Court OKs legal notices sent via e-mail

A federal appeals court gives the green light to legal documents served through e-mail, at least in cases of parties without a physical address.

Acknowledging its findings "tread on untrodden ground," a federal appeals court gave the green light to sending legal documents via e-mail, at least in cases of parties without a physical address.

A panel of the 9th U.S. Circuit Court of Appeals ruled that attorneys representing a Las Vegas hotel were allowed to e-mail documents to an offshore casino because they could not otherwise serve the company.

Rio Properties is suing Rio International Interlink, claiming trademark infringement. In an early phase of the case, a judge ruled in Rio Properties' favor, saying Rio International had not complied with requests for information. The Costa Rican casino appealed the ruling, saying it had been served via e-mail, which was not a legal way to send such documents.

This week, an appeals panel affirmed a lower court's decision to allow the Las Vegas casino to serve the offshore casino electronically after attempts to reach it via traditional methods failed.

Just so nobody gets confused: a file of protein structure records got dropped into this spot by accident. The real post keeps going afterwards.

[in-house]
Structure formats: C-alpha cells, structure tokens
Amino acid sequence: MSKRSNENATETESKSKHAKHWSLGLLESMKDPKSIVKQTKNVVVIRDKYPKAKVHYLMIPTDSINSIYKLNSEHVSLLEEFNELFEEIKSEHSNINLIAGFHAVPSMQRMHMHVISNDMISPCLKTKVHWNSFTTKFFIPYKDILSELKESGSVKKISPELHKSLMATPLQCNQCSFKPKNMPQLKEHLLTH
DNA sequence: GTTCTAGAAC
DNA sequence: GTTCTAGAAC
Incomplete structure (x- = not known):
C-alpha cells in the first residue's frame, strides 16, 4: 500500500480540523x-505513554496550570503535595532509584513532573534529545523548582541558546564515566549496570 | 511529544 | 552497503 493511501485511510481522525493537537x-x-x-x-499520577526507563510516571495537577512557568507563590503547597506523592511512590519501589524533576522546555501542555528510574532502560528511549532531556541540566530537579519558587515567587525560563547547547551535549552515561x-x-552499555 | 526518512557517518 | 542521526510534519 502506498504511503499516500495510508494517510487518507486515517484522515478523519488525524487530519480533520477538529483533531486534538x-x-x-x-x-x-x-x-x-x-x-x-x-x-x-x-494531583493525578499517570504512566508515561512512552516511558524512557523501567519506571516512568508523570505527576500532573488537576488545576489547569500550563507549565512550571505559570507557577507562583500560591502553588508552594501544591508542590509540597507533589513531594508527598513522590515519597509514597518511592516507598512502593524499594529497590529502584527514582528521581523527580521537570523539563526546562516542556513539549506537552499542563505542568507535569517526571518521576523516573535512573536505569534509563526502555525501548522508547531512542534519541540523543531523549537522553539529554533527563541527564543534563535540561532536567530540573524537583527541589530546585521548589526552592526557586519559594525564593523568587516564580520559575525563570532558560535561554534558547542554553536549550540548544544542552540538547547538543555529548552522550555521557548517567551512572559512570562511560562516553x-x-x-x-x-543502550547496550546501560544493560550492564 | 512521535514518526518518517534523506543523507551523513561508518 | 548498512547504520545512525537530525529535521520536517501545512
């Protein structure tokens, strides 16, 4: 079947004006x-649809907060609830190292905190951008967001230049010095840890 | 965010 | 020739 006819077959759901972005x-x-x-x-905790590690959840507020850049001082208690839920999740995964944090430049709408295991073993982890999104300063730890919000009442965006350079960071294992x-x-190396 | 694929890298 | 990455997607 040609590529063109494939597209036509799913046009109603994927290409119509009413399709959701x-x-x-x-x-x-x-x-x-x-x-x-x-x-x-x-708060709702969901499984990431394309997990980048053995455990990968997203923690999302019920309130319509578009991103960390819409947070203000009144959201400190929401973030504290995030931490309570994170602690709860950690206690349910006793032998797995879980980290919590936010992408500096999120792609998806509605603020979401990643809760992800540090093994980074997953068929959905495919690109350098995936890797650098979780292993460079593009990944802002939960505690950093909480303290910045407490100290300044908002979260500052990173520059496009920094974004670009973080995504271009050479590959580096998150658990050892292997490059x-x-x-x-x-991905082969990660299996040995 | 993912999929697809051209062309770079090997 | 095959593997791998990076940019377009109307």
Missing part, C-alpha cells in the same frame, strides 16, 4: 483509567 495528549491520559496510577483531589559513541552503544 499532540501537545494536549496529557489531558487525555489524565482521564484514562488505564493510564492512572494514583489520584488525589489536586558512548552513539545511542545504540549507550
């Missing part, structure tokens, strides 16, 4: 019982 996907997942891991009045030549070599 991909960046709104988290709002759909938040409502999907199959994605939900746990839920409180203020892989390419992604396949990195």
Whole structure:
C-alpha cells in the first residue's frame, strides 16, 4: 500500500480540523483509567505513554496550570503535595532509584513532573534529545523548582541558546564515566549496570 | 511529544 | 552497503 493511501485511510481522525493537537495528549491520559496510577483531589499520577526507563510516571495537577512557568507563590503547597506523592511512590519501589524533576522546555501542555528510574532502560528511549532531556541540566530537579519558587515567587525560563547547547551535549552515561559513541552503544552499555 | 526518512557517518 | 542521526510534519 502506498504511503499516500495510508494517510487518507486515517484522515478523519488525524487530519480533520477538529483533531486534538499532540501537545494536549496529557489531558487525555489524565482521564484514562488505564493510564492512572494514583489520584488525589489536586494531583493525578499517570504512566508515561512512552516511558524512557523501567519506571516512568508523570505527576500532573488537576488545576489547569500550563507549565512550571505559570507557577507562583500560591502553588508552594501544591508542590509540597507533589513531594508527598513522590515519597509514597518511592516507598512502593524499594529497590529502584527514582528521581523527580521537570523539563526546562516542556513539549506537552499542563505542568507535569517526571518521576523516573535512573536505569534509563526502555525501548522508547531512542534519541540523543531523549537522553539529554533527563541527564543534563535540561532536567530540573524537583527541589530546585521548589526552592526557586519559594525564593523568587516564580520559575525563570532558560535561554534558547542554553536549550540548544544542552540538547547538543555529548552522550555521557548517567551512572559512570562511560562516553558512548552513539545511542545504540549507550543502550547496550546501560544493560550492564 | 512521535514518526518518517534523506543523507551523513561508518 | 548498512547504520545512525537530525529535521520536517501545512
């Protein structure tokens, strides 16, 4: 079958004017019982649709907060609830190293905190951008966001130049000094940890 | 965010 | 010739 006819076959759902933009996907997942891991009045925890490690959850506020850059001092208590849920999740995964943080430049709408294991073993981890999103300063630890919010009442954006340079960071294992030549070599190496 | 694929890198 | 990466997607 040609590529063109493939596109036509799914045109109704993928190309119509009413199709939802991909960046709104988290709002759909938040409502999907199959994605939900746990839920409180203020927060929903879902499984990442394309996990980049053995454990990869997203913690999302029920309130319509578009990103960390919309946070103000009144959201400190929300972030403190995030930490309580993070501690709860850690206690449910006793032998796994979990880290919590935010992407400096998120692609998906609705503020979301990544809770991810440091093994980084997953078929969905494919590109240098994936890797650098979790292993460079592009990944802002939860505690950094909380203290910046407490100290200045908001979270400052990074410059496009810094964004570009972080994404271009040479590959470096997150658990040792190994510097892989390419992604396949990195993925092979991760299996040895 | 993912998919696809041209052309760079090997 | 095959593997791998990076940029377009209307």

"When faced with an international e-business scofflaw playing hide-and-seek with the federal court, e-mail may be the only means of effecting service of process," the court said. The judges also pointed out that the offshore casino had gone so far as to set up a business that only accepts e-mail correspondence.

They also cited another ruling, which allowed a party to be served by telex by saying that courts "cannot be blind to the changes and advances in technology." However, the 9th Circuit judges acknowledged the limitations of e-mail service, including problems verifying parties had actually received the documents.

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